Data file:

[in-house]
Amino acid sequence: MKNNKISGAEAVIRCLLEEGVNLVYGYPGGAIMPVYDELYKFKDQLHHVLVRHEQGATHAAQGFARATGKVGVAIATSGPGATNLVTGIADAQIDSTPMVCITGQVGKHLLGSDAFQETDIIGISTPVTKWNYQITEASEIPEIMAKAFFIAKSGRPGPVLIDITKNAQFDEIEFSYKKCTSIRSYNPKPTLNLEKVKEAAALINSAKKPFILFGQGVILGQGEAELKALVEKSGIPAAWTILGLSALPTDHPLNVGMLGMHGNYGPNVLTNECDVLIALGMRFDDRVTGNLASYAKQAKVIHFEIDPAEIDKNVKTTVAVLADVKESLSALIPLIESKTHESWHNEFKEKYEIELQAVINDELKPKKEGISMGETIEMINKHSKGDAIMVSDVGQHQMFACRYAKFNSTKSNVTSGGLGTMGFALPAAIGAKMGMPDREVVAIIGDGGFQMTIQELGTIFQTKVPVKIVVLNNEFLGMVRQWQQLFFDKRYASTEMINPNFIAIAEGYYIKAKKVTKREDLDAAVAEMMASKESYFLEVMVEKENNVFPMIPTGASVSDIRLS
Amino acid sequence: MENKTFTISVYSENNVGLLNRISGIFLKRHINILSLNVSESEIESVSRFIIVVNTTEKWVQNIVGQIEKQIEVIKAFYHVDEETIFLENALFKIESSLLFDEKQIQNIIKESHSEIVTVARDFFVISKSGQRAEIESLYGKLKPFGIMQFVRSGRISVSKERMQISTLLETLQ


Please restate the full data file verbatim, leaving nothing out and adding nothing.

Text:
[in-house]
Amino acid sequence: MKNNKISGAEAVIRCLLEEGVNLVYGYPGGAIMPVYDELYKFKDQLHHVLVRHEQGATHAAQGFARATGKVGVAIATSGPGATNLVTGIADAQIDSTPMVCITGQVGKHLLGSDAFQETDIIGISTPVTKWNYQITEASEIPEIMAKAFFIAKSGRPGPVLIDITKNAQFDEIEFSYKKCTSIRSYNPKPTLNLEKVKEAAALINSAKKPFILFGQGVILGQGEAELKALVEKSGIPAAWTILGLSALPTDHPLNVGMLGMHGNYGPNVLTNECDVLIALGMRFDDRVTGNLASYAKQAKVIHFEIDPAEIDKNVKTTVAVLADVKESLSALIPLIESKTHESWHNEFKEKYEIELQAVINDELKPKKEGISMGETIEMINKHSKGDAIMVSDVGQHQMFACRYAKFNSTKSNVTSGGLGTMGFALPAAIGAKMGMPDREVVAIIGDGGFQMTIQELGTIFQTKVPVKIVVLNNEFLGMVRQWQQLFFDKRYASTEMINPNFIAIAEGYYIKAKKVTKREDLDAAVAEMMASKESYFLEVMVEKENNVFPMIPTGASVSDIRLS
Amino acid sequence: MENKTFTISVYSENNVGLLNRISGIFLKRHINILSLNVSESEIESVSRFIIVVNTTEKWVQNIVGQIEKQIEVIKAFYHVDEETIFLENALFKIESSLLFDEKQIQNIIKESHSEIVTVARDFFVISKSGQRAEIESLYGKLKPFGIMQFVRSGRISVSKERMQISTLLETLQ